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Students Charge Club Has Biased Admission Policy


Ethnic student groups from several Los Angeles-area colleges have joined in a mounting protest against a Hollywood dance club they say has a racially discriminatory admission policy.

The Occidental College Asian Alliance students' group is leading the campaign against Florentine Gardens on Hollywood Boulevard, charging that the over-18 dance club arbitrarily applies an unstated dress code to prevent groups of blacks, Latinos and Asians from entering "University Night" on Thursdays.

A lawyer for the club flatly denied ethnic or racial discrimination by its personnel.

Members of the Occidental group and ethnic students from several other colleges, including USC and UCLA, said they have been told they could not enter the club in recent weeks because of dress code violations. The students said they were turned away for wearing attire such as baggy pants, tennis shoes and turtleneck shirts, but that they later observed similarly dressed white patrons entering the club.

A telephone recording at Florentine Gardens describes the dress code as "dressy," as do radio commercials for the club. Security personnel at the club, responsible for making admissions selections, refused to describe the dress policy when asked by a reporter.

Elaine Hsieh, vice president of the Occidental Asian Alliance, said the group is seeking a letter of apology from the club's owner, an immediate reprimand of all security personnel and the resignation or firing of the club's security supervisor.

"We are not asking anything for ourselves, no monetary compensation. Does the owner know what is going on? . . . As owner, he has a responsibility to clean up a mess in management if he has one," Hsieh said.

Hsieh said the protest stems from a Sept. 28 incident when about 20 Asian Alliance members were refused entry and, according to Hsieh, later were subjected to racial harassment by security personnel. Hsieh said a security supervisor would not allow the students to enter the club to notify friends they were leaving, saying "There are already too many of your kind in there."

The security guard accused by the student group refused to give his name or answer questions from a reporter about the alleged incident, referring all questions to the management of the club.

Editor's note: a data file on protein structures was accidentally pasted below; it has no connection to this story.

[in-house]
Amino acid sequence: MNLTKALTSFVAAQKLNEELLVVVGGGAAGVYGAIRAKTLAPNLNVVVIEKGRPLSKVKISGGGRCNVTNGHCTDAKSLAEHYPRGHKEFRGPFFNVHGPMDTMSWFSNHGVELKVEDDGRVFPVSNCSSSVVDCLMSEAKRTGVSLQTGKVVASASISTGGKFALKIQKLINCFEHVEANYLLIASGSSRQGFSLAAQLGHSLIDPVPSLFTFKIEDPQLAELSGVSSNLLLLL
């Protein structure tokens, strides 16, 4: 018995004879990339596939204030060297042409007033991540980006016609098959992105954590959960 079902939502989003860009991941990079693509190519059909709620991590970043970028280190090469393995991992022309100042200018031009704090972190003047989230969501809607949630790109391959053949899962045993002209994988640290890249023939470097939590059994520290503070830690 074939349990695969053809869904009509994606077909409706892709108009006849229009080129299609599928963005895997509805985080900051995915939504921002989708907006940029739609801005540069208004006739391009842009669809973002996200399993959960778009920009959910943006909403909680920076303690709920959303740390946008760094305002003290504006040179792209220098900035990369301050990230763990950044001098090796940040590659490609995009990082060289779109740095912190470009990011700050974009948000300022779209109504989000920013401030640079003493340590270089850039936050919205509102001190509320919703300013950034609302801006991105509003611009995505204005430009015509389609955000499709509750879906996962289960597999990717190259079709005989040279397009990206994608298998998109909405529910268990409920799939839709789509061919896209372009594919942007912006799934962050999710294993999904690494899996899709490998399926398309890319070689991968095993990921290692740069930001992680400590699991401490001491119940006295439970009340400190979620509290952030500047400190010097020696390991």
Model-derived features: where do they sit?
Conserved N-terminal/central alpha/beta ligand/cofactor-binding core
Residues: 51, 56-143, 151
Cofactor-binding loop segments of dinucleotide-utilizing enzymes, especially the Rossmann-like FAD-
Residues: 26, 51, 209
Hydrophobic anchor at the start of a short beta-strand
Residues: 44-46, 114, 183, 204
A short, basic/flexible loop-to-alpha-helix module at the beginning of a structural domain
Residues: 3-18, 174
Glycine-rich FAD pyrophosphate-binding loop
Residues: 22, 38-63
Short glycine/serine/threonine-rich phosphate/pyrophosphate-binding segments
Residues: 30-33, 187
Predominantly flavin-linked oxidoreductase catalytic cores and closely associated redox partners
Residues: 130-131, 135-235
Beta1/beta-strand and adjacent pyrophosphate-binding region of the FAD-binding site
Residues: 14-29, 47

Robert A. DePiano, attorney for club owner Kenneth MacKenzie, said "There are absolutely no quotas based on race, ethnic background, creed, or religion," at the club.

DePiano said students may be denied entry for a number of reasons, such as the "attitude of the patron in line, attitude when confronted by Florentine personnel" and evidence of drug or alcohol intoxication. He said many factors may influence club workers to deny entry to particular students, but that "the dress code may be the only articulated reason for refusal."

"When you run a large establishment such as this, you have to consider reducing or eliminating any potential disruption inside the club," DePiano said. Security personnel may deny "someone who may cause a disruption inside, start a fight, create an atmosphere that could lead to confrontation--those who may try to start a fight."

DePiano said the club is noted for its harmonious racial mix and pointed to a February, 1989, Times story describing the ethnic diversity of the Thursday night clientele.

The cavernous club, sandwiched between an adult movie theater and a Salvation Army office on Hollywood Boulevard off Bronson Avenue, plays thumping dance music for patrons on weekends, and can hold more than 1,400 people. On Thursday's "University Night," with free admission before 11 p.m. to patrons with valid university identification cards, the line of hopeful entrants snakes around the edge of the building and into the expansive parking lot.

The Asian students from Occidental have led the most organized protest of the club, accusing management of trying to keep a racial balance at the club by refusing entry to many ethnic students and allowing virtually all white students to go in. The Occidental group has met with other student groups, including the Asian Assembly, an umbrella organization for 14 Asian groups at USC, and the Asian and Pacific Islanders Student Alliance at UCLA. Both those groups said they were aware of the complaints about Florentine Gardens, and began petitions of their own, the Occidental students said.

The Occidental students said they will continue to meet with other groups of ethnic students, including blacks and Latinos, and said they have begun sending letters to nearly every college in the Los Angeles area urging a student boycott of the club. They have threatened to picket Florentine Gardens if their demands are not met.

Hsieh said Asian Alliance at Occidental had originally sought no more than an apology from Florentine management. Now, she said, members are angry at the owner's slow response and failure to take seriously a letter the group sent Oct. 4.

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